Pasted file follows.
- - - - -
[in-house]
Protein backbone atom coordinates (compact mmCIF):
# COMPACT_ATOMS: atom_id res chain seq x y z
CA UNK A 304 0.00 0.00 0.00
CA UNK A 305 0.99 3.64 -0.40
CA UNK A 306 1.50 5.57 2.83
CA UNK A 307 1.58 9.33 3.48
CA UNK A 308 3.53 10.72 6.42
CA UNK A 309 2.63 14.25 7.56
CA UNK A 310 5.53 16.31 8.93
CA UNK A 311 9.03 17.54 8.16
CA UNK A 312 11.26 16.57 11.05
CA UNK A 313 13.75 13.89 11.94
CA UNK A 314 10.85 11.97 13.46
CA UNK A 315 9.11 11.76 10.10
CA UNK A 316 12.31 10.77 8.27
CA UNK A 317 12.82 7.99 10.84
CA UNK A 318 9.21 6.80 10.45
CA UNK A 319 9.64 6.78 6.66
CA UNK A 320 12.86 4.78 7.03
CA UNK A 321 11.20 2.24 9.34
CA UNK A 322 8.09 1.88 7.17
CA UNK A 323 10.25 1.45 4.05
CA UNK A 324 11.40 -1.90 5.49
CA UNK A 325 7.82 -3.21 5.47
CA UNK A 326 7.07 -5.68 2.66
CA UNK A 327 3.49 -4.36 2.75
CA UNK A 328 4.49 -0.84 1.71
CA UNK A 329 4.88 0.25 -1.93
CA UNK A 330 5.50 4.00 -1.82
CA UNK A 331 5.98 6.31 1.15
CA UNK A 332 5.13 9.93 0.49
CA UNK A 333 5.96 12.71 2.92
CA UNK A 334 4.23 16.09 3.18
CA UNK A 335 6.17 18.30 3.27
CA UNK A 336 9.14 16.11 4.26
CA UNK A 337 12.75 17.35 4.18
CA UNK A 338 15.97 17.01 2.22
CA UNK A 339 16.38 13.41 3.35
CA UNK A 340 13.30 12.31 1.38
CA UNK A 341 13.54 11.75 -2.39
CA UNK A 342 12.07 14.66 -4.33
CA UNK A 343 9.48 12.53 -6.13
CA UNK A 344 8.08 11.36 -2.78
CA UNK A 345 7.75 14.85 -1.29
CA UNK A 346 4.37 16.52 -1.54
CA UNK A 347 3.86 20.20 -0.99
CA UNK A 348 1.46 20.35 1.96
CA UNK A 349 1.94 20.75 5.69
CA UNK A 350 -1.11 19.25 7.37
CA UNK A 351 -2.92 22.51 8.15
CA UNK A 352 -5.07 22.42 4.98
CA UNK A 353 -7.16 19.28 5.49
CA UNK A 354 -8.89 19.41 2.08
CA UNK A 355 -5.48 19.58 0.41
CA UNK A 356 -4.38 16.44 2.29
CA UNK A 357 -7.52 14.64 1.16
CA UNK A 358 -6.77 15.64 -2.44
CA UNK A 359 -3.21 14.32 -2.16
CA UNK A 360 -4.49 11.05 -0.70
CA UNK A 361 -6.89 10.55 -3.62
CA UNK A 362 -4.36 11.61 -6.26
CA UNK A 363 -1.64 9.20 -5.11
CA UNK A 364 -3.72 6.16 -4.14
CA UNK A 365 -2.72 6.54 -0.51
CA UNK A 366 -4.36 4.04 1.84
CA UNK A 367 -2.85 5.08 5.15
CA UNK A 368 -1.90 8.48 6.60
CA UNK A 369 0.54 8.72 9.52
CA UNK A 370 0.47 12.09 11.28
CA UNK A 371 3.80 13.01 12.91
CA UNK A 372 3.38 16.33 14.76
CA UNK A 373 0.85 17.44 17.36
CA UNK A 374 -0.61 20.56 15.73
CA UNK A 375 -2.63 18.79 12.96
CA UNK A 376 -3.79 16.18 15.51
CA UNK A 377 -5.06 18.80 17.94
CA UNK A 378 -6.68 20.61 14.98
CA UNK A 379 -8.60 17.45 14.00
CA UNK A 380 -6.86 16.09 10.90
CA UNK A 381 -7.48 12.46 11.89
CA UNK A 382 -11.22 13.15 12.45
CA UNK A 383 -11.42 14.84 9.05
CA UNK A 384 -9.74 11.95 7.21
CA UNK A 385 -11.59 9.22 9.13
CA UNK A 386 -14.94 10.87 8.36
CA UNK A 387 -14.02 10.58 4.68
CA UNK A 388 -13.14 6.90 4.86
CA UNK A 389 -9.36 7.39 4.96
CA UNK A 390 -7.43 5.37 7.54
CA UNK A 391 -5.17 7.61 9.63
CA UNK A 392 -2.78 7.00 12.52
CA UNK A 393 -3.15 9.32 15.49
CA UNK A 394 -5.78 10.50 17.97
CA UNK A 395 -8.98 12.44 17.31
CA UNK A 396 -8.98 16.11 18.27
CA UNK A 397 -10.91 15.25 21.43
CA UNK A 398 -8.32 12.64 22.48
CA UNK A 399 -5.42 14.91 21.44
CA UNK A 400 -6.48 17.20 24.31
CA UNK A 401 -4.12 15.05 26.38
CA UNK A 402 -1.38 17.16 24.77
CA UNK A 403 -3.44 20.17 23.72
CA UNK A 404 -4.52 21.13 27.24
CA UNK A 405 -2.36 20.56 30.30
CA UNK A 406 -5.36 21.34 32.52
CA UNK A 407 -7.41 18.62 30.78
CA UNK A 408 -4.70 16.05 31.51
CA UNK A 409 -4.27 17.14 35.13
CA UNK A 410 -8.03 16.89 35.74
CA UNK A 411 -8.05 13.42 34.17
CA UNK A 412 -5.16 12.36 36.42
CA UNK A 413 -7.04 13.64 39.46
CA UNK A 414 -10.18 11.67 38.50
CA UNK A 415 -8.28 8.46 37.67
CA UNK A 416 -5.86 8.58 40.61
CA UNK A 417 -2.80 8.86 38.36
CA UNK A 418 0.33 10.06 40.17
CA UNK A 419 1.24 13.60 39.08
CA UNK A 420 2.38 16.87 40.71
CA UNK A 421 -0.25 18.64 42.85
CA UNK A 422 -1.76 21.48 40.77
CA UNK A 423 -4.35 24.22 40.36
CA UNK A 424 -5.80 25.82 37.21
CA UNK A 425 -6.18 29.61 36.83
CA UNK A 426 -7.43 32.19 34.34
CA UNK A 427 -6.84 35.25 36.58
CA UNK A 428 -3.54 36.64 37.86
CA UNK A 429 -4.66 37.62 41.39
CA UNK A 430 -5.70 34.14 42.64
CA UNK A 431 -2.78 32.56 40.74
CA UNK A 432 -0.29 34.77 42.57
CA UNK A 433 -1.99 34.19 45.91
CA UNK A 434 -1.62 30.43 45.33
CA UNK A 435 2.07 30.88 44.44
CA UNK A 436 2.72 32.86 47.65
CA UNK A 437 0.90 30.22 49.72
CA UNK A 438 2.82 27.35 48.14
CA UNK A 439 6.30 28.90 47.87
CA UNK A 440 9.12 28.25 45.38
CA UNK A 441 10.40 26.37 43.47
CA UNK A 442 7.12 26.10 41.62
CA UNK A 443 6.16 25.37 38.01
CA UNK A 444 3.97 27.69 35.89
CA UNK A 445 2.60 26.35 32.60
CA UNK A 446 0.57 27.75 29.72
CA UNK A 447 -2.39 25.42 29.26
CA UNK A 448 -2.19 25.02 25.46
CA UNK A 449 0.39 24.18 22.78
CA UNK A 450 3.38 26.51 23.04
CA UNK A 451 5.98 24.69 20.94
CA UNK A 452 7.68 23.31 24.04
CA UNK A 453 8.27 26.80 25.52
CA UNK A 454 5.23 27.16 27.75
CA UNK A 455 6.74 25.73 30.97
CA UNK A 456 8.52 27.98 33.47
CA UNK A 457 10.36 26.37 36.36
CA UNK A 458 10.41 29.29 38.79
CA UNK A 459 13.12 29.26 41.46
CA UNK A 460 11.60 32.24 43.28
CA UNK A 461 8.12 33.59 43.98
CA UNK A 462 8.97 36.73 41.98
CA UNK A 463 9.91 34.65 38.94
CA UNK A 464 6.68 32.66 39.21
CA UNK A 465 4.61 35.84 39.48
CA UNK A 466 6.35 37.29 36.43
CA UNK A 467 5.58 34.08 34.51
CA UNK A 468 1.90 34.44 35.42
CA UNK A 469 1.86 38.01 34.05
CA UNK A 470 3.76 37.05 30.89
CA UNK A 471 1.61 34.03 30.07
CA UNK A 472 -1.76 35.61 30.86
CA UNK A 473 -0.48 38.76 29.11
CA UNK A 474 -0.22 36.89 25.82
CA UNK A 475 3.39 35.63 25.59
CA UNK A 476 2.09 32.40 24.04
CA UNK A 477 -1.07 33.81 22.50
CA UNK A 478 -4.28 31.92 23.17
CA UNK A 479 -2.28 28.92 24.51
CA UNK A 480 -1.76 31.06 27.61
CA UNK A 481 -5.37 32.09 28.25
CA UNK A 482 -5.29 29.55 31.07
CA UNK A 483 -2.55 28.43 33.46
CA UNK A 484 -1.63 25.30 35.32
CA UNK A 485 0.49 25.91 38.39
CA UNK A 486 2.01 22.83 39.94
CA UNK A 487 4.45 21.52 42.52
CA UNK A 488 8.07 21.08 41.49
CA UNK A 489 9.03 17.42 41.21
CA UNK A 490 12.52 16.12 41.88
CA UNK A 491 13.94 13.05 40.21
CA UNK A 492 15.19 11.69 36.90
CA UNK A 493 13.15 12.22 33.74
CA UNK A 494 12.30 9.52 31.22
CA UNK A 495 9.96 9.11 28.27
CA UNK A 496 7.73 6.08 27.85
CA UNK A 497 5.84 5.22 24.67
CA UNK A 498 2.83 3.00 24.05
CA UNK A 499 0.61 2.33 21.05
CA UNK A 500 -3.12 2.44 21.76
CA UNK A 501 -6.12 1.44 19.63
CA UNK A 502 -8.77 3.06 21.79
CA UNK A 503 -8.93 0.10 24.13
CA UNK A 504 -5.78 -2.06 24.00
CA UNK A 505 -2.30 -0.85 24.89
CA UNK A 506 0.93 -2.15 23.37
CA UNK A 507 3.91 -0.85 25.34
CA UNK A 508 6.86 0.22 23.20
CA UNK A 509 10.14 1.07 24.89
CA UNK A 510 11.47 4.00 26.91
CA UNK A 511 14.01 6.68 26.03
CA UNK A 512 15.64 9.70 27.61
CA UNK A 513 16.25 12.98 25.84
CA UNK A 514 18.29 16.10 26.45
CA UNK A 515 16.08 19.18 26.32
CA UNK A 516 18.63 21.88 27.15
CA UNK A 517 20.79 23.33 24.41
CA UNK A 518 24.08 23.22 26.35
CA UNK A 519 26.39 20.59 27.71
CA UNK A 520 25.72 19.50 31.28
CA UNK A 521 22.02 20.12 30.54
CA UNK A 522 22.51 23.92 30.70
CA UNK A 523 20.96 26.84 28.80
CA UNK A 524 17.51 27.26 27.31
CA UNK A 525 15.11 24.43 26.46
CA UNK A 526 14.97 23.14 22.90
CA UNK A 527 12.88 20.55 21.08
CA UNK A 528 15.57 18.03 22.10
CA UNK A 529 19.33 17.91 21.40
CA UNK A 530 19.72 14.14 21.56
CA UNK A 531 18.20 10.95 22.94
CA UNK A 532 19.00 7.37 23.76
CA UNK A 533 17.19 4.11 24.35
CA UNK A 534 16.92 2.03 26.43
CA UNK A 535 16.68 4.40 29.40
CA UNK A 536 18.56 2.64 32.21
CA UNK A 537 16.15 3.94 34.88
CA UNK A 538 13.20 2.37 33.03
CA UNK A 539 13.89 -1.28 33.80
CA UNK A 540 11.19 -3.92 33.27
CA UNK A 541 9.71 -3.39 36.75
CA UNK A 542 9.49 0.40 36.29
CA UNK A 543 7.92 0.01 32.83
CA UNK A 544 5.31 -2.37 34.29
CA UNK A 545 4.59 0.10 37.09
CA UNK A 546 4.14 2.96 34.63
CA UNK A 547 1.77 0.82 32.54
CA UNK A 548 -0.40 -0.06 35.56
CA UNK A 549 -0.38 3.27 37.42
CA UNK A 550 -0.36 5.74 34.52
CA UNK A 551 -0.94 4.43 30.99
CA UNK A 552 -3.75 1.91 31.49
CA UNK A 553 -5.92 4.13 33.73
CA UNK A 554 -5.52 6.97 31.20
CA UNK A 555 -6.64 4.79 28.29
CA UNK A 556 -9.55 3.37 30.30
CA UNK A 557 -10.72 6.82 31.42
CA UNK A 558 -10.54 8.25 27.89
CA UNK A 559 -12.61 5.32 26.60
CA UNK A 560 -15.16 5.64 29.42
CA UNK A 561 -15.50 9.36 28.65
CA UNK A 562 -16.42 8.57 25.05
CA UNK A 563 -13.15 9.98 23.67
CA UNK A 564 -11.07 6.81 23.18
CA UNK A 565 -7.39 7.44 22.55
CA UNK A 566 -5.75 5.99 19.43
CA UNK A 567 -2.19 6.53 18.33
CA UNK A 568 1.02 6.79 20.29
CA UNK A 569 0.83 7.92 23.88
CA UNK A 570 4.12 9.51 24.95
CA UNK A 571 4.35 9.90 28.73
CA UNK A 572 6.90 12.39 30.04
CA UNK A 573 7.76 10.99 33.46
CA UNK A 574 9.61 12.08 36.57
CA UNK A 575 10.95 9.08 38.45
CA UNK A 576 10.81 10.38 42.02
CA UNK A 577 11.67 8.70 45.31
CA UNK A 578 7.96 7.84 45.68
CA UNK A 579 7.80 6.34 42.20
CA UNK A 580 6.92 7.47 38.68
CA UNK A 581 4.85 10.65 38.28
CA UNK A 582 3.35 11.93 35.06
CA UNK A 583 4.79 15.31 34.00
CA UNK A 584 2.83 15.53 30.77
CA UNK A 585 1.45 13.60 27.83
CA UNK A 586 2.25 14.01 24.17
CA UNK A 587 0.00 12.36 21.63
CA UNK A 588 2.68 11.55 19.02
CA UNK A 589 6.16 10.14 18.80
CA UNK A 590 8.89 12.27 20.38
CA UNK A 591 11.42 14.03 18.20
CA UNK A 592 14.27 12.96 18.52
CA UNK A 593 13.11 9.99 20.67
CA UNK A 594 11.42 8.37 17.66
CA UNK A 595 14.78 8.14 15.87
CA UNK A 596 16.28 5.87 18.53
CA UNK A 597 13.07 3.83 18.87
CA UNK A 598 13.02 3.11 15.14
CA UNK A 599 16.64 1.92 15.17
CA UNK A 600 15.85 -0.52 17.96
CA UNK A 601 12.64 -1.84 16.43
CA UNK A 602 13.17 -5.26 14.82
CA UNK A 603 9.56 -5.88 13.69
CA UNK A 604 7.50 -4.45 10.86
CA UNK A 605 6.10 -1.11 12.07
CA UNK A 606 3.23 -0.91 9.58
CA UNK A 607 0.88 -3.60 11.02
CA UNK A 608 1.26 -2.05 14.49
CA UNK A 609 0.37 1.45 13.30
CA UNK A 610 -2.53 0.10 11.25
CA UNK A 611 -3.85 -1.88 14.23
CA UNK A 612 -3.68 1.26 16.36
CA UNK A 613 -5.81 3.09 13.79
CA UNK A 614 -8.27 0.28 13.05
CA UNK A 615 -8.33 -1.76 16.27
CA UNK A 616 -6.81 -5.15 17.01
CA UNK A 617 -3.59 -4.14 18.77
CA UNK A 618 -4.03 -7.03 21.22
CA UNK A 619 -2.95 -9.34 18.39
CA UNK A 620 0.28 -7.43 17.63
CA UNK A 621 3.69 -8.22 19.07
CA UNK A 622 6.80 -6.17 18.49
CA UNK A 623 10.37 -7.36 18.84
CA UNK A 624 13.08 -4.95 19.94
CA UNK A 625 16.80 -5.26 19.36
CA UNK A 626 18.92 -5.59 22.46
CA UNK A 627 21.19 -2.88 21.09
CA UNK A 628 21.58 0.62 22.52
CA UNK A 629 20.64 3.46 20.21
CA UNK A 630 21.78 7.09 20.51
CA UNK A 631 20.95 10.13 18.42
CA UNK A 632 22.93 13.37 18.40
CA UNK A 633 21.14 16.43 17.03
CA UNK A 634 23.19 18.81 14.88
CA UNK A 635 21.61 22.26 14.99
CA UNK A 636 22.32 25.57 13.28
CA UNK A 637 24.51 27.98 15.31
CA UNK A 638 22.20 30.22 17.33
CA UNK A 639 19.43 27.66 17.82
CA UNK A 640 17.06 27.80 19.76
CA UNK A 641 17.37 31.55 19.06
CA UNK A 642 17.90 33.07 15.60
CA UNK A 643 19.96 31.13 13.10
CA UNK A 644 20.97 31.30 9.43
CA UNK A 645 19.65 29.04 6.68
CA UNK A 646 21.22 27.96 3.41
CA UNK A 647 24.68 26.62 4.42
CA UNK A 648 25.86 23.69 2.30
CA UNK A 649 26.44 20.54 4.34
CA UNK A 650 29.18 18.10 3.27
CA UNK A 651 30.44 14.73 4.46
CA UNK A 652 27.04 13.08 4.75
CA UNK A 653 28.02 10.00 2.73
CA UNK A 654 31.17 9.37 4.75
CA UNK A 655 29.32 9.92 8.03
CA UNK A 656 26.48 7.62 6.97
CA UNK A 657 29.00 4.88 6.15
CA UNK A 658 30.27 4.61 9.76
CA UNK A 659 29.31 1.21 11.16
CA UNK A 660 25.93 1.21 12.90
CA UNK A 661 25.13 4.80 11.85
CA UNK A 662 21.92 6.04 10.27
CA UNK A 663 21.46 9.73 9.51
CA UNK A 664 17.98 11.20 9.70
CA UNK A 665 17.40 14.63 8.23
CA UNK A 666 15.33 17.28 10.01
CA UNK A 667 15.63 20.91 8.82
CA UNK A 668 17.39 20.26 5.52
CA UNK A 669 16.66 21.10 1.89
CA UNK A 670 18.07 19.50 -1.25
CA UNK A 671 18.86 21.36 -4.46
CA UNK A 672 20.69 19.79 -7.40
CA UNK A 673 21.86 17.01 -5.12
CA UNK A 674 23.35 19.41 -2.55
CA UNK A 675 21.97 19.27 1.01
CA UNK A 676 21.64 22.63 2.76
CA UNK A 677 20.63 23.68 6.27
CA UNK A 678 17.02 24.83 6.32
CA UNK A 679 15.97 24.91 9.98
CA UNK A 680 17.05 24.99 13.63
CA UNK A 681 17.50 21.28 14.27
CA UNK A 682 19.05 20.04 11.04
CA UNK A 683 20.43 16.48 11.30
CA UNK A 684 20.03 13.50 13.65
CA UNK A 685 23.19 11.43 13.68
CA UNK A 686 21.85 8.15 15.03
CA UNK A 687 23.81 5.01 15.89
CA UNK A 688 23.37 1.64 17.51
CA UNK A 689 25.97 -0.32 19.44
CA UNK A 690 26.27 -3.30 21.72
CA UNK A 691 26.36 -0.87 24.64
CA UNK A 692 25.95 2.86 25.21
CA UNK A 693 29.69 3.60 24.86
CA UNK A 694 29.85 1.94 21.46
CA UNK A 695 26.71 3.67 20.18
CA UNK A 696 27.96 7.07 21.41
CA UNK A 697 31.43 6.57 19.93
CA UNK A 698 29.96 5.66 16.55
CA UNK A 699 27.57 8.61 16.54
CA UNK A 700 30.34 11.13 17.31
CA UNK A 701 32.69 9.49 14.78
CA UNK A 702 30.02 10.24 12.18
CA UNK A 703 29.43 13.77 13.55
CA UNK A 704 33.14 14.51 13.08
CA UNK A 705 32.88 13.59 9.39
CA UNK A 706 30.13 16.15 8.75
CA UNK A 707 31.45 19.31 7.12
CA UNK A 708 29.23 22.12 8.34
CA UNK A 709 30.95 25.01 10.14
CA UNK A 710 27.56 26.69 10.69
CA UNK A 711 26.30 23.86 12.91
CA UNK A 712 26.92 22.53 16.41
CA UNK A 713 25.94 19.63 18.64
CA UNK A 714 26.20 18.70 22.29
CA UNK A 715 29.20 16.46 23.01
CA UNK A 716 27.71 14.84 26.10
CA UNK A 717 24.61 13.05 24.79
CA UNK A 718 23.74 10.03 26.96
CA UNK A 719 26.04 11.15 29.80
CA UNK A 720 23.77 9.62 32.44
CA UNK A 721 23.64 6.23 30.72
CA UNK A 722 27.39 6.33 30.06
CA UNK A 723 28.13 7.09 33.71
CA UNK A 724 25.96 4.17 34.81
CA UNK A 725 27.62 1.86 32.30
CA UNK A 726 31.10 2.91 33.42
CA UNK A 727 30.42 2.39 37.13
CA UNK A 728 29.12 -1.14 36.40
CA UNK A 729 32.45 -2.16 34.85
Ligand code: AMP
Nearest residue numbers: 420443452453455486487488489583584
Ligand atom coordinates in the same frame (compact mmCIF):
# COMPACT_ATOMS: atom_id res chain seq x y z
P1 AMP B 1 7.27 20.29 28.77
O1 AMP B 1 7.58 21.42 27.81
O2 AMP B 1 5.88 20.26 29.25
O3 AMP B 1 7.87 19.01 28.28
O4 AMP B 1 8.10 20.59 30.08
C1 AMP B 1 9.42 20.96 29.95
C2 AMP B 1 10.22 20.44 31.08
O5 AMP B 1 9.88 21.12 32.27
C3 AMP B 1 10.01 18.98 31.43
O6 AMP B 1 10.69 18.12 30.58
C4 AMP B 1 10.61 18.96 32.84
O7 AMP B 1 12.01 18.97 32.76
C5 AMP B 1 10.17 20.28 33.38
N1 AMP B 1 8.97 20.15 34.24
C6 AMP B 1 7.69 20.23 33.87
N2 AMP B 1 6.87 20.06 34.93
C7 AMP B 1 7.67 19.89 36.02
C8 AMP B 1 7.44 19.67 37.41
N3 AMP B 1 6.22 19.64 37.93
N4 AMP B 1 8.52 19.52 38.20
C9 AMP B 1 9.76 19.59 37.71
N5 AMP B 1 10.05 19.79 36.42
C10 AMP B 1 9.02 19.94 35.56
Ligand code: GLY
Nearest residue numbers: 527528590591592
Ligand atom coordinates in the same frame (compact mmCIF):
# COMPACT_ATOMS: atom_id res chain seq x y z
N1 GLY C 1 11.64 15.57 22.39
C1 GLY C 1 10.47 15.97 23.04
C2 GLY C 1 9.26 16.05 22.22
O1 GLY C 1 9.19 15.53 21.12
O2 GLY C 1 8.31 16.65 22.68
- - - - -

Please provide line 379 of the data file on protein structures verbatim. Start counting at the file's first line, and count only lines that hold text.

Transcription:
CA UNK A 679 15.97 24.91 9.98